Activist Linda Sarsour addresses the crowd during a protest Jan. 29, 2017, in New York City against President Trump's travel ban. Photo courtesy of Reuters/Stephanie Keith

Police investigate threats against Muslim activist as she takes national platform

(RNS) New York City police have opened an investigation into online threats against Linda Sarsour, a Muslim activist who started a campaign this week to raise money to repair a vandalized Jewish cemetery.

The threats were made on Facebook and came from a man going by the name of Glenn Maccioli. Maccioli called Sarsour a derogatory term, said he wanted to "spit in her face" and solicited her address from Facebook users. He also invited people to watch him go to Sarsour's Brooklyn address and carry through with his threat.

Sarsour is a prominent activist. She served as executive director of the Arab American Association of New York and announced this week she would leave that post for a more national platform. She was one of the organizers of January's Women's March and recently appeared on numerous television news programs speaking against the Trump administration's travel ban against seven Muslim-majority countries.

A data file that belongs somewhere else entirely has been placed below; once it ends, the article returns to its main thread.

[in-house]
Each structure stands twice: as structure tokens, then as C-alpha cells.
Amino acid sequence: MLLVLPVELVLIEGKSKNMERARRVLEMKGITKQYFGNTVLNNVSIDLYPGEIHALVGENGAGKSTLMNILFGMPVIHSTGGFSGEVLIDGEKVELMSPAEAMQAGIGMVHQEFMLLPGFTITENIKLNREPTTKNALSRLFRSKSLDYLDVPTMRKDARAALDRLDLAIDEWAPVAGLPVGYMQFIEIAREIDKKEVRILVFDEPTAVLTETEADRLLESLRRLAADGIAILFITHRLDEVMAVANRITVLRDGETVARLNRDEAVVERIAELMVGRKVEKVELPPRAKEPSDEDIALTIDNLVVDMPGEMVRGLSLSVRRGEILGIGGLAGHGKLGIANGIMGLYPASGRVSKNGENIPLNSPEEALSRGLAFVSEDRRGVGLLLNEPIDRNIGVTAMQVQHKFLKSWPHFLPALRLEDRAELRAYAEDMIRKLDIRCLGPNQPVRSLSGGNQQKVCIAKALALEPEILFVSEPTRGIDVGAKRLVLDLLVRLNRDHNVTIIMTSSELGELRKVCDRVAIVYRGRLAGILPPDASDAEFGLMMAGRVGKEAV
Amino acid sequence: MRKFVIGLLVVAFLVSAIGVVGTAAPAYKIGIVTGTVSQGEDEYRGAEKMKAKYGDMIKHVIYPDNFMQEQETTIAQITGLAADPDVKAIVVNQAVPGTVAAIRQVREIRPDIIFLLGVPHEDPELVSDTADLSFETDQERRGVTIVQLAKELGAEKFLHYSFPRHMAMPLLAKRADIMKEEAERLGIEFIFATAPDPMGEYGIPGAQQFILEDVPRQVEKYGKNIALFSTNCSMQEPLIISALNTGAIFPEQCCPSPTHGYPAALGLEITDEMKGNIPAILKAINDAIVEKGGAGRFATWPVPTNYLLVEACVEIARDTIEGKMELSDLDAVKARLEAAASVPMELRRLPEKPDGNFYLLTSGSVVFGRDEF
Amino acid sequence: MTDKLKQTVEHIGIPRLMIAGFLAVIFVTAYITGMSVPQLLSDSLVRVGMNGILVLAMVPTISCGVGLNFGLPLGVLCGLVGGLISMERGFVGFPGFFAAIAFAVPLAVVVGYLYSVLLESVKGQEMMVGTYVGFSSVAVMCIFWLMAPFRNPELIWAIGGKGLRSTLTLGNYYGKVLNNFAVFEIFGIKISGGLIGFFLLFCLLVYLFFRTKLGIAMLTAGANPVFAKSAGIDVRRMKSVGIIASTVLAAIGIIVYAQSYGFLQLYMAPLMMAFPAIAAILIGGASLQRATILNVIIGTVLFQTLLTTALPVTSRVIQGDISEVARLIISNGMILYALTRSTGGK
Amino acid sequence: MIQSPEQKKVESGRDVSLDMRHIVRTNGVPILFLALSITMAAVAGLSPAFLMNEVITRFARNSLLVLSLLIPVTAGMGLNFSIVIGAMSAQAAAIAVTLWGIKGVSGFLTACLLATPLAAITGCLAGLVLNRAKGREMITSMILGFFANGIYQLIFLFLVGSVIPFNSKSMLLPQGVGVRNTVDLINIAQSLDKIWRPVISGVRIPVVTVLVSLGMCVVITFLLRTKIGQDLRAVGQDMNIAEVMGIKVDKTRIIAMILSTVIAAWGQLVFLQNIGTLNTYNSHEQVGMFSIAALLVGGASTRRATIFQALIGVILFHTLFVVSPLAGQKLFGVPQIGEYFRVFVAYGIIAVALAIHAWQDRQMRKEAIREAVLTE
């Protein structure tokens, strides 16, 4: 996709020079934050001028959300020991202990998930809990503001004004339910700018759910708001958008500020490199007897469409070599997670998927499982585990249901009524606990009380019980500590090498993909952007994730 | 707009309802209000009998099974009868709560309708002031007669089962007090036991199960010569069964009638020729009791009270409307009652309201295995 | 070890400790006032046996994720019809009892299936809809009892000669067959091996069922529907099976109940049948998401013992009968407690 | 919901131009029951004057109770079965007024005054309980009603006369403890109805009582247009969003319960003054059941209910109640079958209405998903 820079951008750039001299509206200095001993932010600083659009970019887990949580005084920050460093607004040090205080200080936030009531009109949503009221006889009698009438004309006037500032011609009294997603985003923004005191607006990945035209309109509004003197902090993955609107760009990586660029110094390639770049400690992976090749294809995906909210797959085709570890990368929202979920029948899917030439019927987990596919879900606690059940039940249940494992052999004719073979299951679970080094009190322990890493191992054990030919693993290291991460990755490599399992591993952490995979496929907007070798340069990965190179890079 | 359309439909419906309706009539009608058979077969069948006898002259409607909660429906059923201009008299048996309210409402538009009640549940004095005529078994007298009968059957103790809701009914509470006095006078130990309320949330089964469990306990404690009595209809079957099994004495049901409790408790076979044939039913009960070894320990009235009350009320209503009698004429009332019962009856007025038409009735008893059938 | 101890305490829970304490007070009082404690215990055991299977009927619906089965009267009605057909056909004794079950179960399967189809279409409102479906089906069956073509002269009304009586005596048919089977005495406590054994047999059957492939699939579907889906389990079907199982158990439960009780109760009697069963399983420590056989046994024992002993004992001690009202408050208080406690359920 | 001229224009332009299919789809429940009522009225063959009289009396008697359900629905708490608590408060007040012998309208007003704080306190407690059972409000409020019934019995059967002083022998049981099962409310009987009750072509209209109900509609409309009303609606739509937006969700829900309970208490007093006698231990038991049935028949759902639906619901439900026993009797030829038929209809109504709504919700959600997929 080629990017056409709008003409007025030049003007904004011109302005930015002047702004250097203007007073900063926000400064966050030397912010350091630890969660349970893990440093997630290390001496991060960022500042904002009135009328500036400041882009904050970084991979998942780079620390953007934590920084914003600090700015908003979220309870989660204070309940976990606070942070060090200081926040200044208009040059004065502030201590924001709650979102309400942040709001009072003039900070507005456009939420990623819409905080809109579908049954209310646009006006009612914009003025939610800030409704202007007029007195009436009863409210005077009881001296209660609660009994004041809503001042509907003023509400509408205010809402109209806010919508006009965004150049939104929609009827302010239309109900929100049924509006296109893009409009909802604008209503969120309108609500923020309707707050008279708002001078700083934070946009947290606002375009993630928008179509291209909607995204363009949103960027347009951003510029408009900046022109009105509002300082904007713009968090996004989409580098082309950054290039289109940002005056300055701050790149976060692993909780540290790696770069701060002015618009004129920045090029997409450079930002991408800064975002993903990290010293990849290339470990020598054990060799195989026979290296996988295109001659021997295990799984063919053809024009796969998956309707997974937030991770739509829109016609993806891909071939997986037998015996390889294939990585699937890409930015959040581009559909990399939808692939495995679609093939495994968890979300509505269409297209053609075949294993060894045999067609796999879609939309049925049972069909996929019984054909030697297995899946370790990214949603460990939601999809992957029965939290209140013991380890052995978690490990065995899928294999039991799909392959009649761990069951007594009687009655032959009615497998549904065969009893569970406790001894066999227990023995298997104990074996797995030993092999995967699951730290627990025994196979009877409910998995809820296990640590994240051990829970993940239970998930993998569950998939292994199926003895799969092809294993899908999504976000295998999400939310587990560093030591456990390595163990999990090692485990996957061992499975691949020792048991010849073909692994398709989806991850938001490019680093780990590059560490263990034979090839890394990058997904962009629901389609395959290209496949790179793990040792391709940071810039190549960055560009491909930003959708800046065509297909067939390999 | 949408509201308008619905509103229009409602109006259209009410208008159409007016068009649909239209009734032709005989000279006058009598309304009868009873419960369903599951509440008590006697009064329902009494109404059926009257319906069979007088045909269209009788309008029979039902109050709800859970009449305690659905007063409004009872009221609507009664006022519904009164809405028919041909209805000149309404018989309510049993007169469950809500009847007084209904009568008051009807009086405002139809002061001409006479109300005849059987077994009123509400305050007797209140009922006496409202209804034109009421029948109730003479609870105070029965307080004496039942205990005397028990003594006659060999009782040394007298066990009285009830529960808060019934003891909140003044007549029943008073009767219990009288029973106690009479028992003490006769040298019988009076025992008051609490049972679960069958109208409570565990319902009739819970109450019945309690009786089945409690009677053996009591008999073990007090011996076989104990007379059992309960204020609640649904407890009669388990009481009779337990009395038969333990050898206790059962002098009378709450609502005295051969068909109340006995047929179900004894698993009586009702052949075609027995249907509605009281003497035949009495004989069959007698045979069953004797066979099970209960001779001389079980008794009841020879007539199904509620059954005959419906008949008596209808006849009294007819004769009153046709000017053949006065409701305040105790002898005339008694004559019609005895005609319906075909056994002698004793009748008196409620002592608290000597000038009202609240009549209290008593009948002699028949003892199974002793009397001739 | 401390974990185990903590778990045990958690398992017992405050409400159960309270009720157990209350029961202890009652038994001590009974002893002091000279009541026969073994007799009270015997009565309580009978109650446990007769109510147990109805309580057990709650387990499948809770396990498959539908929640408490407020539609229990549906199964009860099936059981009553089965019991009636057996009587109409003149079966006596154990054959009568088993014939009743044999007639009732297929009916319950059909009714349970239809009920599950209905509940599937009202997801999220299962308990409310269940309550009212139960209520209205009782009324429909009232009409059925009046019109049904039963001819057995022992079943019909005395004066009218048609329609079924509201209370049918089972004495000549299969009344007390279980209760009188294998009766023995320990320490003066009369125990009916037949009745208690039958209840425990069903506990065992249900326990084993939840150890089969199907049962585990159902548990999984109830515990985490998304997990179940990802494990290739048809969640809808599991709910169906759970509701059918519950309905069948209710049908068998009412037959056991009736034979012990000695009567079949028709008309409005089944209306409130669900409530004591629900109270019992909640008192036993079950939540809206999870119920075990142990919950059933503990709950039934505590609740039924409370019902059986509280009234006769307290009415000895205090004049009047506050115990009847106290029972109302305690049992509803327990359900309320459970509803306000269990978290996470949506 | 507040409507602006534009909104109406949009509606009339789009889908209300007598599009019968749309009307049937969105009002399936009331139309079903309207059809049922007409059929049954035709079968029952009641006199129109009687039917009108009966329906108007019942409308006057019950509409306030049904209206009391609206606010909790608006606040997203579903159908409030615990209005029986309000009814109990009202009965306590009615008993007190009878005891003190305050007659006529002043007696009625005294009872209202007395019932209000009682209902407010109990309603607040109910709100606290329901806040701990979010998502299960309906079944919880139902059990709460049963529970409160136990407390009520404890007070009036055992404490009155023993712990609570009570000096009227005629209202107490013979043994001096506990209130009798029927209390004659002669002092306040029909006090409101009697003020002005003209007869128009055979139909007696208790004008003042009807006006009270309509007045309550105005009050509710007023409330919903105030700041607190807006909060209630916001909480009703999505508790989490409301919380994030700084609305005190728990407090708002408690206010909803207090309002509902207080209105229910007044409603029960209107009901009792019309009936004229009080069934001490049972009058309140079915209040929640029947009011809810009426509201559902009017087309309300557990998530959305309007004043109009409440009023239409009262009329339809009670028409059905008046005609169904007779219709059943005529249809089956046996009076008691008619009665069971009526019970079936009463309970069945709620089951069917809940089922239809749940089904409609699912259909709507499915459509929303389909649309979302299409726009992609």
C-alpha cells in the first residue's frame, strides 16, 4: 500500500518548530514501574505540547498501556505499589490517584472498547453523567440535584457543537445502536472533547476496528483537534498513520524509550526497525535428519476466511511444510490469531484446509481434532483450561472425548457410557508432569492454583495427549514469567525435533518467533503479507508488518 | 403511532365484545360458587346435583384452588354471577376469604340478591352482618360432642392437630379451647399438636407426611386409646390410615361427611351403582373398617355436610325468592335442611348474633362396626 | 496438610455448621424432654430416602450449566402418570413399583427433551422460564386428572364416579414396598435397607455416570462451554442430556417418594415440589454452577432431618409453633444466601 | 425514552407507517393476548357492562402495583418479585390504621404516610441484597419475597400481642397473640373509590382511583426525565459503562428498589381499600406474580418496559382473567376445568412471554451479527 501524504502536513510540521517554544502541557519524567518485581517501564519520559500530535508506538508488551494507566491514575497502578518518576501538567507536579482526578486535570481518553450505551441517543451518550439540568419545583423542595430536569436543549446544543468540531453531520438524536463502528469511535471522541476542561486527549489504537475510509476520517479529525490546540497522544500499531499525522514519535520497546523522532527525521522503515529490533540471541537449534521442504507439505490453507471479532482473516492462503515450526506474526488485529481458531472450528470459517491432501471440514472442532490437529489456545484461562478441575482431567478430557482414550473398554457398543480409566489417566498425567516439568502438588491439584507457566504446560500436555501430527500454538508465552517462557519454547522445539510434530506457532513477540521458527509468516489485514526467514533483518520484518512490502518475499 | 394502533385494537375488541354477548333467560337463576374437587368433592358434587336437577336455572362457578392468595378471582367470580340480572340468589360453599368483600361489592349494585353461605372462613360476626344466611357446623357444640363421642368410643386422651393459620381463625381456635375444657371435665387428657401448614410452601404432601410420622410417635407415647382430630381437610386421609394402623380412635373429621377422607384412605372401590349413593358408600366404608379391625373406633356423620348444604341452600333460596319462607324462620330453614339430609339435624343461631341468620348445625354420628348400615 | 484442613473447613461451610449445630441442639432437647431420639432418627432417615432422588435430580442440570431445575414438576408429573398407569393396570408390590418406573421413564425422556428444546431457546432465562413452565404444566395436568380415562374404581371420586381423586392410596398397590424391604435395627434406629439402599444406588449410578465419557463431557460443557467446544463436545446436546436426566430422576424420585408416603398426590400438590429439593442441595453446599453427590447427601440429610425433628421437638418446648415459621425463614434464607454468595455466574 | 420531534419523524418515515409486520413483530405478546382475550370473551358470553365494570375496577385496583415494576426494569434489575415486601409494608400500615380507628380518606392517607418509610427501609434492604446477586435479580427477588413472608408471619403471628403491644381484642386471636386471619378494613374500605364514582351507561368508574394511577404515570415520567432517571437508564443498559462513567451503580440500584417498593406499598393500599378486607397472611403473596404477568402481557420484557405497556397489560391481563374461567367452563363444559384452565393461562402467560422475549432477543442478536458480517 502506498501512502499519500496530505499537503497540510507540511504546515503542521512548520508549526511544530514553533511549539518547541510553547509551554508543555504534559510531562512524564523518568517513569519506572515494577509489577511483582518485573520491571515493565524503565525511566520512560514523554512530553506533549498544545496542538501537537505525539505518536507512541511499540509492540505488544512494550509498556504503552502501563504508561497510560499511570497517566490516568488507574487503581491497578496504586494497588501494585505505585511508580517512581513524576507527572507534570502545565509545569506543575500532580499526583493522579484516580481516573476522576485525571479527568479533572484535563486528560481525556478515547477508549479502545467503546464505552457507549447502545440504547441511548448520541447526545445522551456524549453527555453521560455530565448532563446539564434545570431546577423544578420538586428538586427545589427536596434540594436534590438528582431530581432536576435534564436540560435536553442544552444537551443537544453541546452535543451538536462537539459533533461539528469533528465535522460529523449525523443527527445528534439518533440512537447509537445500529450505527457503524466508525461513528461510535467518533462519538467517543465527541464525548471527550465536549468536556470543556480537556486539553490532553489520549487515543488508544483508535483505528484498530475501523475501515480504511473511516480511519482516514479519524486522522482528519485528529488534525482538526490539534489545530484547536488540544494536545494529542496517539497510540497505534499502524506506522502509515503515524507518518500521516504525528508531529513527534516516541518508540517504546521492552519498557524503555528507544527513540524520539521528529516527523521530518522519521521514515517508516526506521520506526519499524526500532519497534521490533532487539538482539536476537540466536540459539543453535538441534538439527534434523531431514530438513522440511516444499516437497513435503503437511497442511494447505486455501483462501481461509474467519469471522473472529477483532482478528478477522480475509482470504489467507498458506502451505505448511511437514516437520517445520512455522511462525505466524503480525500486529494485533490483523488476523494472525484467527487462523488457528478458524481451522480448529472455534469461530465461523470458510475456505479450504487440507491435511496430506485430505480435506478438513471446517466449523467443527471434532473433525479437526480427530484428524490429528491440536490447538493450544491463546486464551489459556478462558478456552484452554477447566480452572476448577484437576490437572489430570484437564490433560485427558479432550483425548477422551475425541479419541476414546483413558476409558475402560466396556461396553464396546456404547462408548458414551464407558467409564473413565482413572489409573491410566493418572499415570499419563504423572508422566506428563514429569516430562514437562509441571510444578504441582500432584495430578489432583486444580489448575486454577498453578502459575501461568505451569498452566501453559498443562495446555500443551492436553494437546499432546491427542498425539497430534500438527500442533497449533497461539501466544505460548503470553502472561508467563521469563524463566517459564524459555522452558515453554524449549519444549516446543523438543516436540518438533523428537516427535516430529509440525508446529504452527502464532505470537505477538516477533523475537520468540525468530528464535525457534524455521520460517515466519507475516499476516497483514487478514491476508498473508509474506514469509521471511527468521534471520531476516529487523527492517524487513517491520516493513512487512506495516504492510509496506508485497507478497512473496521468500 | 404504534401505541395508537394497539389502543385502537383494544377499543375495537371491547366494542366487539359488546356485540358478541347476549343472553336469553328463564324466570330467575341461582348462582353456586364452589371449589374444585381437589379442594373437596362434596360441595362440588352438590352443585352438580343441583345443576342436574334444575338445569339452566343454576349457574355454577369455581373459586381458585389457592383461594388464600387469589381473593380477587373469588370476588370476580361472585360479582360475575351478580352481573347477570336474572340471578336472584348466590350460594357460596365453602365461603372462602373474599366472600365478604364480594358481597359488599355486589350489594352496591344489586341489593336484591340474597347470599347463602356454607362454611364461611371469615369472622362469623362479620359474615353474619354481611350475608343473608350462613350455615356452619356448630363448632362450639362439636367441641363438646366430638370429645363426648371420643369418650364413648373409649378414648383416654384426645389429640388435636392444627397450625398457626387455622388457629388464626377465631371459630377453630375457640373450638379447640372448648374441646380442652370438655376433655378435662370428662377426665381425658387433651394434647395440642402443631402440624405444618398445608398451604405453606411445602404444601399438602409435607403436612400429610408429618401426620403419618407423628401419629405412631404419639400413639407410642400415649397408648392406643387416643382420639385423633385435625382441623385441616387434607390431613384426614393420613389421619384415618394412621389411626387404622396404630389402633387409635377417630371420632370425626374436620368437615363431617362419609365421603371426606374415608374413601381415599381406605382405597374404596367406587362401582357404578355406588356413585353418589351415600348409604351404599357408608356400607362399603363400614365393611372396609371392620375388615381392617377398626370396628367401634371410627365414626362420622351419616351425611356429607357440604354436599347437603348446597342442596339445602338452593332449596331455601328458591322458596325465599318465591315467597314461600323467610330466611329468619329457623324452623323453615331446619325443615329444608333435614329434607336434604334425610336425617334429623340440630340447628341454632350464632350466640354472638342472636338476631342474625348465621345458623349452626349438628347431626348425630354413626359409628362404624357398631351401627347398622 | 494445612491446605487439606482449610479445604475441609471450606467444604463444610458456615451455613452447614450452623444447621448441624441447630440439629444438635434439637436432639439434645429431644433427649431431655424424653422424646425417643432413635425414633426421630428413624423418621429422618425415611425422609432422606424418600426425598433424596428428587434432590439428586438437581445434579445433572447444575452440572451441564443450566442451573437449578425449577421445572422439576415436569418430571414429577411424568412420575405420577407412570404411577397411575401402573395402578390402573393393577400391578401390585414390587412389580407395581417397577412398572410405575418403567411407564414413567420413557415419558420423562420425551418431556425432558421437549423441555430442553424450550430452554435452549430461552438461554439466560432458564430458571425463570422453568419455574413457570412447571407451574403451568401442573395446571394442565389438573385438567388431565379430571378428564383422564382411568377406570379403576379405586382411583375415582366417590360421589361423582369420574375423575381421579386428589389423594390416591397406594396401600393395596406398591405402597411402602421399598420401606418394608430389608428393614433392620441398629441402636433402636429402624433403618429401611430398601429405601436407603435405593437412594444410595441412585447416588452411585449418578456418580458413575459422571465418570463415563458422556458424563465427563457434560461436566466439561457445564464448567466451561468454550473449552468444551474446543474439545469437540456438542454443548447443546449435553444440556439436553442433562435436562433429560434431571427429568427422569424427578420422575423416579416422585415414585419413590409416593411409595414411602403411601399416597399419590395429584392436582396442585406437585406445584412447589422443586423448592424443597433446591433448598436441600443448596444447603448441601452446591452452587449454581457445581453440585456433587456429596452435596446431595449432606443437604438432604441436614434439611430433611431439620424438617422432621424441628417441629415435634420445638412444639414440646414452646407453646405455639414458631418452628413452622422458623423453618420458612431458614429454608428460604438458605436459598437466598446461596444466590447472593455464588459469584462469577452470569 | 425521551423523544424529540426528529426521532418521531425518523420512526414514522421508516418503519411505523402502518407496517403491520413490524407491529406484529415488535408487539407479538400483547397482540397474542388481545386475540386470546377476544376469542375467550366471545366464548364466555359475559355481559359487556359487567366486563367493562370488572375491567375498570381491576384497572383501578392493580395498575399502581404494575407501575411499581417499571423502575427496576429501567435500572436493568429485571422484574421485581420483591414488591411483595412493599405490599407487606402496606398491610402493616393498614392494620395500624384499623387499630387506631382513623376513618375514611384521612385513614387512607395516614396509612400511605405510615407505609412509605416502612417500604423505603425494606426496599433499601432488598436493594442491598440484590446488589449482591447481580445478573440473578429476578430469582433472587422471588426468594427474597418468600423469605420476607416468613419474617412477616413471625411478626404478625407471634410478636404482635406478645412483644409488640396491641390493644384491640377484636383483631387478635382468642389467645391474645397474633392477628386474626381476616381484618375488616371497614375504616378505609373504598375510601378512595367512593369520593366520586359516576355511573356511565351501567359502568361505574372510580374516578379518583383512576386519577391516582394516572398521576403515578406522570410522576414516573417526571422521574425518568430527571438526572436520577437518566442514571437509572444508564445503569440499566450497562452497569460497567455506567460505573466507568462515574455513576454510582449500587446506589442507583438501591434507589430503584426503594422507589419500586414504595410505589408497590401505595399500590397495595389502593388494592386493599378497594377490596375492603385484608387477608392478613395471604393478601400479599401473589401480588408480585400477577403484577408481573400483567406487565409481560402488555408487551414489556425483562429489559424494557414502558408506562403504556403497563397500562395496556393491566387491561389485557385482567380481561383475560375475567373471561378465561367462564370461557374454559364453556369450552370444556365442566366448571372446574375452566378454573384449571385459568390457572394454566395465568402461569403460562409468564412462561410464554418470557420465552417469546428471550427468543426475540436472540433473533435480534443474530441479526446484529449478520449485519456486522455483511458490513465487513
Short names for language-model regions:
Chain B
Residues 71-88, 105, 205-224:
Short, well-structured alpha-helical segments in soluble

The threats were made Feb. 17 and the New York Police Department announced its investigation Tuesday (Feb. 21) after Sarsour reported the threat.

The investigation comes as threats against Muslims — activists and others — are on the rise.

The FBI is looking into threats made against Muslims during a recent meeting of conservative activists in Kernersville, N.C.

Muslims in Alabama are taking precautions after anonymous email threats, and vandalism at the Colorado home of a Muslim family is being investigated as a hate crime.

According to the FBI, anti-Muslim hate crimes rose 67 percent from 2014 to 2015, the last year for which figures are available, and are the highest they have been since 2001. Muslim advocacy groups such as the Council on American-Islamic Relations report a spike since the election of Donald Trump.